Correspondence

Down to Earth—With a Thud!

The history of Berlin over the past 16 years—more exactly, since the dramatic fall of the Berlin Wall in November 1989—offers an almost classic example of how wild dreams conceived in a moment of euphoria can so easily collapse into a mood of grudging resignation.

Overnight, the divided city, which had previously had two town halls—one in East Berlin, the other in the southwest-central district of Schöneberg in West Berlin—was administratively reunited in the redbrick Rotes Rathaus, located east of Unter den Linden, not far from the Nikolaikirche, the city’s oldest church (13th century), in the historic center of Berlin.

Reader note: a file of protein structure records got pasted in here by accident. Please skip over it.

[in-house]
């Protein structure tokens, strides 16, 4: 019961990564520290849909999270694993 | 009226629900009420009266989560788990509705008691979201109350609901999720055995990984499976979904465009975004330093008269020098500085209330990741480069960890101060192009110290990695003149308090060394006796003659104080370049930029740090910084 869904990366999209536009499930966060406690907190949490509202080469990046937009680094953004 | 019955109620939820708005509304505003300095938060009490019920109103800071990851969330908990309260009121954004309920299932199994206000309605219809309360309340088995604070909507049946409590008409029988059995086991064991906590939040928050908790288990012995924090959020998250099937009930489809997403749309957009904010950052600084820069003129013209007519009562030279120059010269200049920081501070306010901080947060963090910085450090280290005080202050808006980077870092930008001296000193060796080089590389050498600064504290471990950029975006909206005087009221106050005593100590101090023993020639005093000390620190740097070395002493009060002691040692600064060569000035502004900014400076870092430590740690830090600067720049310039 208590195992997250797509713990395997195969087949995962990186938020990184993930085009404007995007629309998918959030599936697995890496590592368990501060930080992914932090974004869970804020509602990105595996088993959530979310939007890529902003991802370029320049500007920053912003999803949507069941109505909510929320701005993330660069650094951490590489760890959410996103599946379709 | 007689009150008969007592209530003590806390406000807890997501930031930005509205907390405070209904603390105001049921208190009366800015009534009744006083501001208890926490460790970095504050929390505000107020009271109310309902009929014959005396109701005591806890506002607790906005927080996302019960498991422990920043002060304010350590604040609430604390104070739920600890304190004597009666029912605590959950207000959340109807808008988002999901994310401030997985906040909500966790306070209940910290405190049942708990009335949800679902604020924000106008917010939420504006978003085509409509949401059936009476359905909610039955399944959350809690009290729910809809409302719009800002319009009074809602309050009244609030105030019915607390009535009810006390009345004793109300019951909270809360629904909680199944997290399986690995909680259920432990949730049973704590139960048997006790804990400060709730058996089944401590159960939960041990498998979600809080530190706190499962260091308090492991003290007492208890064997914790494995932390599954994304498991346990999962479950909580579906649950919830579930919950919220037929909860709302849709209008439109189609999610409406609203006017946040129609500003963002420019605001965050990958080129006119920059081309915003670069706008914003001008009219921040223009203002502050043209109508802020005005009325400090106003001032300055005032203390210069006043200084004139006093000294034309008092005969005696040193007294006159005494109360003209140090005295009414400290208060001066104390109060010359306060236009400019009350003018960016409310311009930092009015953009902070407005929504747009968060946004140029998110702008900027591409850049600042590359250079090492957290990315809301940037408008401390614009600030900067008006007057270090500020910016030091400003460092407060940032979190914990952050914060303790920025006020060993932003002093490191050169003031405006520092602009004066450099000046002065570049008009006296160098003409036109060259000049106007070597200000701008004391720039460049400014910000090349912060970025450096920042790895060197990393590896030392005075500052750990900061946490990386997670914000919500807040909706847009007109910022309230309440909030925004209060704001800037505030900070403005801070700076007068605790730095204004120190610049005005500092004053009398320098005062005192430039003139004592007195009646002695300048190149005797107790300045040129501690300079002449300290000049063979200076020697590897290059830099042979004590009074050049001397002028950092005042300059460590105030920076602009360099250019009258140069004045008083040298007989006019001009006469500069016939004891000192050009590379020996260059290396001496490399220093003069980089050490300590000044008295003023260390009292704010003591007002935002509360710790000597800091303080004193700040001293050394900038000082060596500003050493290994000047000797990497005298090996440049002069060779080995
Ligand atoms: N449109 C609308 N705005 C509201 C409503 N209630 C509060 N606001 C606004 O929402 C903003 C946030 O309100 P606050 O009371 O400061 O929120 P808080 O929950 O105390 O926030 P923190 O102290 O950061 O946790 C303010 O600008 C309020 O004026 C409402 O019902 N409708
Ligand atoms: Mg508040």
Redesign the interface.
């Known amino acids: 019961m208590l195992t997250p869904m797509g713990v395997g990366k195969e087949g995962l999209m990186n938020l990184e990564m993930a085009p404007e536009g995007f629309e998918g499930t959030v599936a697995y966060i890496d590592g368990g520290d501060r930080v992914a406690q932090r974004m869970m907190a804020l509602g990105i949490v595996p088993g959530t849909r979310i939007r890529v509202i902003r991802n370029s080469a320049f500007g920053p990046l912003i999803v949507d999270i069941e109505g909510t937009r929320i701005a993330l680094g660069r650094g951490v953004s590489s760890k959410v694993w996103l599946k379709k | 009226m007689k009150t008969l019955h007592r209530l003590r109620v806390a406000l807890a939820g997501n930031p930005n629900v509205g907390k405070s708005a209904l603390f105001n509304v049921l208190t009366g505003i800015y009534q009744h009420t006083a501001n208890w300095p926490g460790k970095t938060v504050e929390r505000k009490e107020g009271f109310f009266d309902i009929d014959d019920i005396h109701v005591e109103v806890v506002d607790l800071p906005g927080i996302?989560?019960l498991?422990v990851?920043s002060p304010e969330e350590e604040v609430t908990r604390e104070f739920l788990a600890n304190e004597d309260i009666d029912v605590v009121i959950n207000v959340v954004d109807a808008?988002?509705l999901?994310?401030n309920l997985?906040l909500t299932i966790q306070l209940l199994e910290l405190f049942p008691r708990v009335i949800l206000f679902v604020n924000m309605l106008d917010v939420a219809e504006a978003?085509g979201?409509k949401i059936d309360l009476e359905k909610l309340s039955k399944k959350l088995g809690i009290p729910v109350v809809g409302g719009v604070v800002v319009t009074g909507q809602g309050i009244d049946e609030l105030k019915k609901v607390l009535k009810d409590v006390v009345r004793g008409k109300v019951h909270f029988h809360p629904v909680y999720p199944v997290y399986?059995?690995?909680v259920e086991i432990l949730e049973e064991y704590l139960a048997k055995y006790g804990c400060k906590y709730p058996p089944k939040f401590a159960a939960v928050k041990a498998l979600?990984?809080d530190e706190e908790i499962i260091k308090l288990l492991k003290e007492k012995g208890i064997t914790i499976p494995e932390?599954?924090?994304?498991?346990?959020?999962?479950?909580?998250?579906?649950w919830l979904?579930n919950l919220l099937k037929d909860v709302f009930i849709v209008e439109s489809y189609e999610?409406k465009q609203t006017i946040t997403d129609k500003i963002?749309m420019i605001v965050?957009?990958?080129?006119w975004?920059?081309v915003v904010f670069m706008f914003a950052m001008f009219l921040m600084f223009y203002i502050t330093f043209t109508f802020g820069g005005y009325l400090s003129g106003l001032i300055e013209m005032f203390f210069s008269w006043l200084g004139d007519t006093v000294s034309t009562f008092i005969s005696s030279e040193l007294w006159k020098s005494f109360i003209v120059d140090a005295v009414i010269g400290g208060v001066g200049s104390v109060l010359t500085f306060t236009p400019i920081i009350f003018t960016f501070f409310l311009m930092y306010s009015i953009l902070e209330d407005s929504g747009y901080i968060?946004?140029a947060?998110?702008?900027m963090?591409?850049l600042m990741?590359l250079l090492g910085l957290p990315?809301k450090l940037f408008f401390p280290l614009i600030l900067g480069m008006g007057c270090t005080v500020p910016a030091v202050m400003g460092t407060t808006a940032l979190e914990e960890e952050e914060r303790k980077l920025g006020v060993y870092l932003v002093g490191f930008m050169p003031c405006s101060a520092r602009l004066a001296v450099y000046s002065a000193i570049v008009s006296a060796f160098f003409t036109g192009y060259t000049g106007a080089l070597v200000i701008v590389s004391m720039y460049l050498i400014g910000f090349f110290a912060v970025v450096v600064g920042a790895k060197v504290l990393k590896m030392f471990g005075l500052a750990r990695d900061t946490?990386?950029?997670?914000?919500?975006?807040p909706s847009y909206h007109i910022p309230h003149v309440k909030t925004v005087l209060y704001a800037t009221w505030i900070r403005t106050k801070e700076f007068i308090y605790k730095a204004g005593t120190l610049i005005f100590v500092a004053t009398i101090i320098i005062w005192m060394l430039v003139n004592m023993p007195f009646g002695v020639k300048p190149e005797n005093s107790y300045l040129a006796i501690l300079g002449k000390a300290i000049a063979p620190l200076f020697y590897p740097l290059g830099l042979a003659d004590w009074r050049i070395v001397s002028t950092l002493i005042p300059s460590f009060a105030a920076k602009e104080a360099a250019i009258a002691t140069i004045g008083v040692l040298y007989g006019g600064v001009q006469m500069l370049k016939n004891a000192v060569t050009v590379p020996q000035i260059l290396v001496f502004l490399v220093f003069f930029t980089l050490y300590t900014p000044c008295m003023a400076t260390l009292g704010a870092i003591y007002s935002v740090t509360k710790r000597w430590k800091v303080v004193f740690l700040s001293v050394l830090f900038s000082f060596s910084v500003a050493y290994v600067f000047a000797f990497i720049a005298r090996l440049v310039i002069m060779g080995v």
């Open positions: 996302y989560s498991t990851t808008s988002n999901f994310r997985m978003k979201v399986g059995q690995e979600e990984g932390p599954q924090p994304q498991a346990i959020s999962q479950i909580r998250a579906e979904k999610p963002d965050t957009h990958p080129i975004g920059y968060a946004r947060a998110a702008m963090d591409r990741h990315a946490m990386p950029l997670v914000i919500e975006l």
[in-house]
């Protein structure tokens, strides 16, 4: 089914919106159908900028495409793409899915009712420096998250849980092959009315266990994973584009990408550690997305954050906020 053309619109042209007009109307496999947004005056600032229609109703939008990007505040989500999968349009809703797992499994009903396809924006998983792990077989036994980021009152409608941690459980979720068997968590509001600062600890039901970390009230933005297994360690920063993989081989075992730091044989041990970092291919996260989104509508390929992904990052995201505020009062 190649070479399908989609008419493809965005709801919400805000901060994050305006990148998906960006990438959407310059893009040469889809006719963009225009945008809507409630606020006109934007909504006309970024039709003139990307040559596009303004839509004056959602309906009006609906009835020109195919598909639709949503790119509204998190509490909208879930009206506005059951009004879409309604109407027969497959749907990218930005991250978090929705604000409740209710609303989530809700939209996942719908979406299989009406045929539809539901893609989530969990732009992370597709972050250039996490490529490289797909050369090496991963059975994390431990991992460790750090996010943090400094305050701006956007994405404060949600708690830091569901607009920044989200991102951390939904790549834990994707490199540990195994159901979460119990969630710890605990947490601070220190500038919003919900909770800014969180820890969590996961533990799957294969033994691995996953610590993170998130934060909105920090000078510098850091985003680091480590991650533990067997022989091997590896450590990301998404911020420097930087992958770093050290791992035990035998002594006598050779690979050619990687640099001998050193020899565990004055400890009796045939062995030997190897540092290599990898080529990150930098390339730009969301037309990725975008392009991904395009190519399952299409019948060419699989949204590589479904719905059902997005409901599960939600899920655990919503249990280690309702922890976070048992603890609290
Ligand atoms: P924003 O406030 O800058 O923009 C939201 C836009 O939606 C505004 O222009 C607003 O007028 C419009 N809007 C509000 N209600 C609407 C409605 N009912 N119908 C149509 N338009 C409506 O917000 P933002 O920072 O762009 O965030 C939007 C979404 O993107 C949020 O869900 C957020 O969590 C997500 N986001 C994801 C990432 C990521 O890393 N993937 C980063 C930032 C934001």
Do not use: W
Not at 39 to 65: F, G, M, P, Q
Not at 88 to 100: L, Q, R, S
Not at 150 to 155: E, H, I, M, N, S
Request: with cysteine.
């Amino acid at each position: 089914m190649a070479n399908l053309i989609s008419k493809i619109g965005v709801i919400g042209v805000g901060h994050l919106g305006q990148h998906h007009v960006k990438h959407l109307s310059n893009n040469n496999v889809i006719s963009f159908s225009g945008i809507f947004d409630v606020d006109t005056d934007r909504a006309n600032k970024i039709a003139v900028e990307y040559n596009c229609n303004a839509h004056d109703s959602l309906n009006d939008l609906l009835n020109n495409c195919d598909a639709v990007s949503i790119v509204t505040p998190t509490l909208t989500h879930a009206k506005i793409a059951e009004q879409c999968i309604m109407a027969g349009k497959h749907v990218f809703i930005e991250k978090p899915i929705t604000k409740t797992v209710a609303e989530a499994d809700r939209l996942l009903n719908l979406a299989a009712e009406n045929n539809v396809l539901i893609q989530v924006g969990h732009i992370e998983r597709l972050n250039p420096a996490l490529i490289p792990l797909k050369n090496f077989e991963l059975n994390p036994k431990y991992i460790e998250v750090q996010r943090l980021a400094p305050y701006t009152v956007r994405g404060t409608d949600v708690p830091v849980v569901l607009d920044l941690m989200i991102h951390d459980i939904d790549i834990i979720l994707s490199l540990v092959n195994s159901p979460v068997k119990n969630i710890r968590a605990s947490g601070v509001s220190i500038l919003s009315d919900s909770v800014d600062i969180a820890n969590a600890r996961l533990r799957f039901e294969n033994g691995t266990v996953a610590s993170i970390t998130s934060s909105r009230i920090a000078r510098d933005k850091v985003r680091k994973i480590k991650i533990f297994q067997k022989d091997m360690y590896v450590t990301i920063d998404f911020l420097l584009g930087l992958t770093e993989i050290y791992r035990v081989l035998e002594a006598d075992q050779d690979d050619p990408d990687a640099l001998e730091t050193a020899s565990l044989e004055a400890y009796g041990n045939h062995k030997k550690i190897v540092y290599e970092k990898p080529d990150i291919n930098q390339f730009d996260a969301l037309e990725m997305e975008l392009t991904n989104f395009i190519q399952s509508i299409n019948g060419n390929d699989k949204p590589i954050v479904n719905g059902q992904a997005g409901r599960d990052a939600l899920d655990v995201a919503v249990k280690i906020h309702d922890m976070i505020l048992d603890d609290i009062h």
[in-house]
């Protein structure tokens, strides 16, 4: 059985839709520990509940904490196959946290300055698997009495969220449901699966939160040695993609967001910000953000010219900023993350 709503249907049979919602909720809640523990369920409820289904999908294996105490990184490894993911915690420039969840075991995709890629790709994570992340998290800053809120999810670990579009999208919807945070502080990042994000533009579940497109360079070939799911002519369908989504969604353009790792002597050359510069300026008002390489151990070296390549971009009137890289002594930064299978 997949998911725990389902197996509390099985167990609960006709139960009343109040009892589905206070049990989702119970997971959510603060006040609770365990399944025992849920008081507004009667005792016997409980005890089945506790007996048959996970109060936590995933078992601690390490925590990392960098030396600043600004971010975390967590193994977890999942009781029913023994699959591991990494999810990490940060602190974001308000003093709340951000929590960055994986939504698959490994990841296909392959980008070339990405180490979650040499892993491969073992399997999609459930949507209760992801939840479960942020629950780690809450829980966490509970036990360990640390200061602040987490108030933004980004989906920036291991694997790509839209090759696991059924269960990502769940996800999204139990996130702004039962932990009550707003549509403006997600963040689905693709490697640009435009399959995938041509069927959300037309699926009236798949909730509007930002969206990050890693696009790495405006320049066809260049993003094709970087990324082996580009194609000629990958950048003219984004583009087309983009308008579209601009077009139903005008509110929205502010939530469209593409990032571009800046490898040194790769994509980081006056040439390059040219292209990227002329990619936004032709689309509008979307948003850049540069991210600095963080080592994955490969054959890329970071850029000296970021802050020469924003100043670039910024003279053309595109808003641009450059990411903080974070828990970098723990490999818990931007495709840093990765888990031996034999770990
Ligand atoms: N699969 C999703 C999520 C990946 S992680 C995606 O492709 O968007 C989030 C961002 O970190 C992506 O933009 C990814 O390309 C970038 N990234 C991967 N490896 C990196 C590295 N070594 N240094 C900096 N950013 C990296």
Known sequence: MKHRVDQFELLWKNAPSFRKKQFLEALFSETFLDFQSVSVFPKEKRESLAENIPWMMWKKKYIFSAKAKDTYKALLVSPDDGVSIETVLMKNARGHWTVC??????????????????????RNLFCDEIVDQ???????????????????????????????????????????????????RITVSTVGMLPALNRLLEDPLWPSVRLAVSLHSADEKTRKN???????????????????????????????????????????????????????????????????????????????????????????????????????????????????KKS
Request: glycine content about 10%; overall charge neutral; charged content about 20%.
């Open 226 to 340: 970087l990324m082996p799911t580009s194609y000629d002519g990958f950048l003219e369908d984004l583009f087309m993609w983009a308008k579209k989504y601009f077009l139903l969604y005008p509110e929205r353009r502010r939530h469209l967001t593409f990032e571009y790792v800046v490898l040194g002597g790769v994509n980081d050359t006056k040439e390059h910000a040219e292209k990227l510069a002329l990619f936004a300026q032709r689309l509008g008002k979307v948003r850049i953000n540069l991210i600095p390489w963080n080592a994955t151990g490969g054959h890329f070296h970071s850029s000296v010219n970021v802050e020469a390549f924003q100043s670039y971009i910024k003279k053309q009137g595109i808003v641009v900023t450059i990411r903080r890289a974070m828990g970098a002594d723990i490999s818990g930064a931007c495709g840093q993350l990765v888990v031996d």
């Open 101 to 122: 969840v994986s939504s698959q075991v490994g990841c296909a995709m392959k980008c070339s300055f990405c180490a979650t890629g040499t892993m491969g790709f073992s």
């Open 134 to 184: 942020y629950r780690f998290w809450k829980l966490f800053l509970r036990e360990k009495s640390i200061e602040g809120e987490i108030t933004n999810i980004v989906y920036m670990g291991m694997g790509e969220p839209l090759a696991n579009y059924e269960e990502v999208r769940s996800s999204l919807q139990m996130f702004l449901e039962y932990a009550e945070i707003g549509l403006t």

Galvanized by Chancellor Helmut Kohl’s visionary promise that, within four years, an industrially backward East Germany would be transformed into a “flourishing landscape,” a municipal coalition government composed of Christian Democrats and Socialists embarked enthusiastically on a policy of massive reconstruction.  Famous architects from all over the world were invited to descend like eagles on the still war-ravaged wastes of this new El Dorado in the hope that they could help to make the city—with its 3 opera companies, 5 symphony orchestras, 150 museums, and umpteen theaters (some guidebooks have spoken dithyrambically of no fewer than 500)—what Berlin was supposed to have been in the “crazy” 1920’s: the cultural...

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